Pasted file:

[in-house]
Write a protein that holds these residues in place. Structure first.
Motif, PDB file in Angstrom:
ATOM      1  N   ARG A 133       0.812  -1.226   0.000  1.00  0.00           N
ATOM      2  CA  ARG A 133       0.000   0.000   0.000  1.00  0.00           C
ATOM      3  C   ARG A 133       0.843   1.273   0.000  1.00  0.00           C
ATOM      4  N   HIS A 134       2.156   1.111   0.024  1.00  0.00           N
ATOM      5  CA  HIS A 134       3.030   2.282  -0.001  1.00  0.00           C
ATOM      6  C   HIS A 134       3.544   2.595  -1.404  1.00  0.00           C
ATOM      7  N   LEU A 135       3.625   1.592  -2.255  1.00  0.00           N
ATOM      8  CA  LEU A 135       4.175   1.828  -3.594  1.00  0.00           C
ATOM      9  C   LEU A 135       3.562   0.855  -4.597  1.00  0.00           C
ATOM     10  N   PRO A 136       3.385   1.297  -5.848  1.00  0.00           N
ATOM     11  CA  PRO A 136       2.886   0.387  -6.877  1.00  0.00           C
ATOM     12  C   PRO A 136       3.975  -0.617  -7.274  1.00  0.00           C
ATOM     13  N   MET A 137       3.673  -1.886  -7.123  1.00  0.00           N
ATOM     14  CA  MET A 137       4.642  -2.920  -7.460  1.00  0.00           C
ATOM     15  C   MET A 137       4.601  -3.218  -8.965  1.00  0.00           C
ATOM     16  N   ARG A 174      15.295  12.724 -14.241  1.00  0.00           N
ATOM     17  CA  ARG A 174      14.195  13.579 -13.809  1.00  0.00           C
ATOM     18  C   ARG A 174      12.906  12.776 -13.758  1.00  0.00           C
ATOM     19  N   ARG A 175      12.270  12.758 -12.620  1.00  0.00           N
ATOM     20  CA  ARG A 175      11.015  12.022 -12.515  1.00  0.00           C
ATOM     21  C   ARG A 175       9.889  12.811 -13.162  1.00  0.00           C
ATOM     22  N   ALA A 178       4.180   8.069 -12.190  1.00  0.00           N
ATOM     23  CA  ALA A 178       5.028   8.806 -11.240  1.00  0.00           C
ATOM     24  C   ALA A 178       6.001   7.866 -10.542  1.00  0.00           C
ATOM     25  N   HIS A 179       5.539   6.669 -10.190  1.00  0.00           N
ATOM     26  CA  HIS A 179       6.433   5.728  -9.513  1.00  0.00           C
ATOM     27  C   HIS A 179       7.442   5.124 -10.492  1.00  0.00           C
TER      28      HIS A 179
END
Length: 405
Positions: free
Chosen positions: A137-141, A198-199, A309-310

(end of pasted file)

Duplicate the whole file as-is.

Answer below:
[in-house]
Write a protein that holds these residues in place. Structure first.
Motif, PDB file in Angstrom:
ATOM      1  N   ARG A 133       0.812  -1.226   0.000  1.00  0.00           N
ATOM      2  CA  ARG A 133       0.000   0.000   0.000  1.00  0.00           C
ATOM      3  C   ARG A 133       0.843   1.273   0.000  1.00  0.00           C
ATOM      4  N   HIS A 134       2.156   1.111   0.024  1.00  0.00           N
ATOM      5  CA  HIS A 134       3.030   2.282  -0.001  1.00  0.00           C
ATOM      6  C   HIS A 134       3.544   2.595  -1.404  1.00  0.00           C
ATOM      7  N   LEU A 135       3.625   1.592  -2.255  1.00  0.00           N
ATOM      8  CA  LEU A 135       4.175   1.828  -3.594  1.00  0.00           C
ATOM      9  C   LEU A 135       3.562   0.855  -4.597  1.00  0.00           C
ATOM     10  N   PRO A 136       3.385   1.297  -5.848  1.00  0.00           N
ATOM     11  CA  PRO A 136       2.886   0.387  -6.877  1.00  0.00           C
ATOM     12  C   PRO A 136       3.975  -0.617  -7.274  1.00  0.00           C
ATOM     13  N   MET A 137       3.673  -1.886  -7.123  1.00  0.00           N
ATOM     14  CA  MET A 137       4.642  -2.920  -7.460  1.00  0.00           C
ATOM     15  C   MET A 137       4.601  -3.218  -8.965  1.00  0.00           C
ATOM     16  N   ARG A 174      15.295  12.724 -14.241  1.00  0.00           N
ATOM     17  CA  ARG A 174      14.195  13.579 -13.809  1.00  0.00           C
ATOM     18  C   ARG A 174      12.906  12.776 -13.758  1.00  0.00           C
ATOM     19  N   ARG A 175      12.270  12.758 -12.620  1.00  0.00           N
ATOM     20  CA  ARG A 175      11.015  12.022 -12.515  1.00  0.00           C
ATOM     21  C   ARG A 175       9.889  12.811 -13.162  1.00  0.00           C
ATOM     22  N   ALA A 178       4.180   8.069 -12.190  1.00  0.00           N
ATOM     23  CA  ALA A 178       5.028   8.806 -11.240  1.00  0.00           C
ATOM     24  C   ALA A 178       6.001   7.866 -10.542  1.00  0.00           C
ATOM     25  N   HIS A 179       5.539   6.669 -10.190  1.00  0.00           N
ATOM     26  CA  HIS A 179       6.433   5.728  -9.513  1.00  0.00           C
ATOM     27  C   HIS A 179       7.442   5.124 -10.492  1.00  0.00           C
TER      28      HIS A 179
END
Length: 405
Positions: free
Chosen positions: A137-141, A198-199, A309-310